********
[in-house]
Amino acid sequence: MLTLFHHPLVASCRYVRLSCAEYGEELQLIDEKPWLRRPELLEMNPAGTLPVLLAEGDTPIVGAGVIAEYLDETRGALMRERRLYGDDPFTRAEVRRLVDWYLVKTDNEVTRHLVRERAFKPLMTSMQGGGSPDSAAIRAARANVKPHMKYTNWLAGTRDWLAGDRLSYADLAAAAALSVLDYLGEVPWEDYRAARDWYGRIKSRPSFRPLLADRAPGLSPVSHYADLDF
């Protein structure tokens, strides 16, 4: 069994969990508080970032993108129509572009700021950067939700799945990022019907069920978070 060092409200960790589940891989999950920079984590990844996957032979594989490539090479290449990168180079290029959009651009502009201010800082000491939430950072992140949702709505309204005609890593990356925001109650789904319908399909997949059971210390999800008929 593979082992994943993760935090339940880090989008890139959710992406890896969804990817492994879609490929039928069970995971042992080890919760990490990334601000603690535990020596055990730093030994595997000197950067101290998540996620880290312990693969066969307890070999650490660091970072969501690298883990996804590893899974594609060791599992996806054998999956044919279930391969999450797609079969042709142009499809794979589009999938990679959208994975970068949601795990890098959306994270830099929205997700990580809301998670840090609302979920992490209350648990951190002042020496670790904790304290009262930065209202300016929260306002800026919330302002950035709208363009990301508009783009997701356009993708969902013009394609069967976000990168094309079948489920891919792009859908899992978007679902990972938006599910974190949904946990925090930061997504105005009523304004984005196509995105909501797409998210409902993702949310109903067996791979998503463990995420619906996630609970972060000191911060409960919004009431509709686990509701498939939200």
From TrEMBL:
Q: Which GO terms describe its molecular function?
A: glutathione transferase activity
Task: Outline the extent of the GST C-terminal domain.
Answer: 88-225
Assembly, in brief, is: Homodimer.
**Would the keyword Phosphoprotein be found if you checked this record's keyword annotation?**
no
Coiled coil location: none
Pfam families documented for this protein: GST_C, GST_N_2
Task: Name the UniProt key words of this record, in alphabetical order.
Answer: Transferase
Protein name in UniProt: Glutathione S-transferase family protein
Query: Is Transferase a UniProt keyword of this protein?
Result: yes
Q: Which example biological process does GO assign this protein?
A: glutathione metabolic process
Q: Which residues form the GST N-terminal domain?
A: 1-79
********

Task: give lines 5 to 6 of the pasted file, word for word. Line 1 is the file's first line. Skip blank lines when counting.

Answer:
Q: Which GO terms describe its molecular function?
A: glutathione transferase activity